Selling The Green Philosophy
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Negative perceptions about green products still exist in the jan/san industry and if distributors want to be able to sell green products successfully, they must address this problem.
“If you go into some companies and mention green, they can’t get you out of the door quickly enough,” says Jeannie Murphy, president of Murphy Sanitary Supply, a Broken Arrow, Okla.-based distributor. “They’ve had experiences with green products costing more and not working as well, and they think when you say green they’re getting less.”
Distributors can work around these perceptions by selling a green philosophy. Las Vegas'-based Brady Industries’ Go Green program, for instance, educates customers on the true benefits of going green and gives customers a chance to compare green products to their traditional counterparts.
“If you tell them here is a regular product and here is one that is green that works just as well, generally they’ll ask for samples to test it,” says Ryan Banks, vice president of sales and marketing at Brady Industries. “I think almost everyone would prefer to use a green product if they can.”
It’s important to stress green products can also save money, adds Teresa Farmer, LEED-AP and sustainability consultant for Kelsan Inc., a Knoxville, Tenn.-based distributor, who points out that when she recently converted a university account to green, they reduced their chemicals from 15 products to four and started saving money the first month. In turn, their savings enabled them to begin implementing other green and sustainability initiatives.
“They were able to update their equipment, buy microfiber, and purchase additional matting for their buildings,” she says. “Before they had the money in their budget but spent it all on chemicals.”
Another method that generates interest in green products is stressing the health benefits they bring to both custodians and building occupants.
“When I approach a customer, I don’t necessarily say we need to get you on green products,” says Murphy. “I always go with the safety approach. That’s why we are doing green. These products are safer for the environment and the user.”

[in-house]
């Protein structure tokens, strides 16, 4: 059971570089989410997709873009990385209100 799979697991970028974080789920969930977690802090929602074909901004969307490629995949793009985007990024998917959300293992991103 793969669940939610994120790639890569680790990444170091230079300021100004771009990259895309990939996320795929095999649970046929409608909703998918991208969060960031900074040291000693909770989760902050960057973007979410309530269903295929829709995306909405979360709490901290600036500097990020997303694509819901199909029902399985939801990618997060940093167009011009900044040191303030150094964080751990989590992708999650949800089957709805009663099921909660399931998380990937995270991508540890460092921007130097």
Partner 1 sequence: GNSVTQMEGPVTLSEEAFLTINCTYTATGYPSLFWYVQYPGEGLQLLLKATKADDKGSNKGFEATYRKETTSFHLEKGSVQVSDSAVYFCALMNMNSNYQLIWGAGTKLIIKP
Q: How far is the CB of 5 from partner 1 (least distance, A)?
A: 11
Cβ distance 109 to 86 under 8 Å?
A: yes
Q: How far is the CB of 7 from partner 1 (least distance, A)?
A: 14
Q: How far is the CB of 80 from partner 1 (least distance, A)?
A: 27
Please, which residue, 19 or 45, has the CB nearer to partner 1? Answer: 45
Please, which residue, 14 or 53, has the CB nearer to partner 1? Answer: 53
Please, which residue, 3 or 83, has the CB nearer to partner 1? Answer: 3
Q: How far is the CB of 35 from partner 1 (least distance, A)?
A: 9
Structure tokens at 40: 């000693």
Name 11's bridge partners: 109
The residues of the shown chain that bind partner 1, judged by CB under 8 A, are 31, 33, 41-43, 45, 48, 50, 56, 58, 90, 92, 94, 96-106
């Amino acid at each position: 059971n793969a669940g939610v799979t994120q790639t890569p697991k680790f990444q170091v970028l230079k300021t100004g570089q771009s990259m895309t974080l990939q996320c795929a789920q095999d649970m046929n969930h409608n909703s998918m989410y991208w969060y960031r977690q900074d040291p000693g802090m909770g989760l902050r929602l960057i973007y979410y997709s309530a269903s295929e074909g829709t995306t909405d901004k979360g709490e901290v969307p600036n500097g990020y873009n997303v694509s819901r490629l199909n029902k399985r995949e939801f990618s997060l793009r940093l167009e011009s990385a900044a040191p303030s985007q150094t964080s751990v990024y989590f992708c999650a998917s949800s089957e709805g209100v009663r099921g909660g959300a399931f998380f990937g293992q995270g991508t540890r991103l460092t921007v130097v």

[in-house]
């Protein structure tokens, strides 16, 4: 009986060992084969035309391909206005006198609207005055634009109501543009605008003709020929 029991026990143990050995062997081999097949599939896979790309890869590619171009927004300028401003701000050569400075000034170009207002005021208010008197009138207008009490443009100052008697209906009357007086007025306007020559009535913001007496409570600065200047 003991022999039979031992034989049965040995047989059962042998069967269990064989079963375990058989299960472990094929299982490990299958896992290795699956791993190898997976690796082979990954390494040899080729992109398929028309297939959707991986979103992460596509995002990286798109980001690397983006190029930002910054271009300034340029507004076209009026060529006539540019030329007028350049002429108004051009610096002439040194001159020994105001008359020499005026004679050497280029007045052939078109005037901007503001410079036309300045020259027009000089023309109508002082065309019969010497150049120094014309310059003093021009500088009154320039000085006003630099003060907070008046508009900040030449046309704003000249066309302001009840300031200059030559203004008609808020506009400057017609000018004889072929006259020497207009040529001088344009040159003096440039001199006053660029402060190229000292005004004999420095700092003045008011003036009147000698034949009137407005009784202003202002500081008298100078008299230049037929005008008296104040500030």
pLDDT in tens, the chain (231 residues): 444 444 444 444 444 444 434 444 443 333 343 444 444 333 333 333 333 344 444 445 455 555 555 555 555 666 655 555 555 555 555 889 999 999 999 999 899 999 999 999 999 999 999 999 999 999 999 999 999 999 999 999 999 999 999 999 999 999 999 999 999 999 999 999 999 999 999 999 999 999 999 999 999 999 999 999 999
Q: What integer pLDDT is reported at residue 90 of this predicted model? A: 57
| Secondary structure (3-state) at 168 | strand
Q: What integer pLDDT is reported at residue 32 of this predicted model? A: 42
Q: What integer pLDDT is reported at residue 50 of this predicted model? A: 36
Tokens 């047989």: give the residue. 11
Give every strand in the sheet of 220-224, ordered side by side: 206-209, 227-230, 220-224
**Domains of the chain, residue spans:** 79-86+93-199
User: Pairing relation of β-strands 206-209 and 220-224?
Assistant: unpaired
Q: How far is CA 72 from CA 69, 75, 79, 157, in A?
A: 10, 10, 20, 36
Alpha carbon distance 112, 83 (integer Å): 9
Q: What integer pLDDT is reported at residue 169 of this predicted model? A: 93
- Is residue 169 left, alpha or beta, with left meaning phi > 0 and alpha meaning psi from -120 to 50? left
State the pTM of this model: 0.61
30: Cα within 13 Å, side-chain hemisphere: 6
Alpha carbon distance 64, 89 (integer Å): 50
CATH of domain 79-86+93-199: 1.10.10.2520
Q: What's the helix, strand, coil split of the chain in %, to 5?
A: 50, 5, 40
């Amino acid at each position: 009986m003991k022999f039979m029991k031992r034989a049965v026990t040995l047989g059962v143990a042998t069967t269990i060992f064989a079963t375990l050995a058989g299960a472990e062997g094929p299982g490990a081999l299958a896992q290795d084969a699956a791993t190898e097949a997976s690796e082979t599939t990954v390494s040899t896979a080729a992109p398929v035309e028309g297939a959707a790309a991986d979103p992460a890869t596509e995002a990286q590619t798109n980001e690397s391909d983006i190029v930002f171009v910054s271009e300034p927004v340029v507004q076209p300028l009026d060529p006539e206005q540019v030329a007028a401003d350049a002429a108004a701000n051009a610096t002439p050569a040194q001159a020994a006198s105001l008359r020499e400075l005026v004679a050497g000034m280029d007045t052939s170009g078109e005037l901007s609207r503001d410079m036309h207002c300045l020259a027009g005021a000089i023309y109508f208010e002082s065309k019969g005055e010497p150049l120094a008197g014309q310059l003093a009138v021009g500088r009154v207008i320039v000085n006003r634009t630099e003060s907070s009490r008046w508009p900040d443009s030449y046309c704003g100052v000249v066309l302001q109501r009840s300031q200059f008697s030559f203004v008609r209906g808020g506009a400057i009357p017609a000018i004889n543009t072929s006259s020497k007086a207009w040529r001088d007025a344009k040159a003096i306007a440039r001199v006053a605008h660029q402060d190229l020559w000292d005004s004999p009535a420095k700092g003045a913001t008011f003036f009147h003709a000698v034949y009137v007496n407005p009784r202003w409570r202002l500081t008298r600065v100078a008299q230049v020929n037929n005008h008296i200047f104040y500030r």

However, while these products are often healthier than traditional ones, distributors must remember that building service contractors are out to make a profit and in-house service providers face smaller budgets every year.
“If it doesn’t fit into their budget they are not going to do it,” Farmer says, noting she takes a hard look at cleaning procedures and training to see if standardizing the customer’s cleaning program might improve efficiency and provide a quicker return on their investment.
It’s also important to stress that green cleaning doesn’t happen overnight, adds Farmer, who notes she generally helps customers convert one or two buildings first.
“This allows them to use up the old chemicals they have on hand while working out the kinks in their green cleaning operation,” she says. “Once it’s working well, it can be rolled out to all the buildings they maintain."
Monitoring and reporting a customer’s progress toward its green goals also helps sell green products.
“We send regular reports that show what percentage of what they buy is environmentally friendly and offer suggestions for improvement,” says Banks.
The industry is going green and it’s the job of distributors to help get it there. For those distributors who get it right, their customers aren’t the only ones who will see green.
Ronnie Garrett is a freelance writer based in Fort Atkinson, Wis.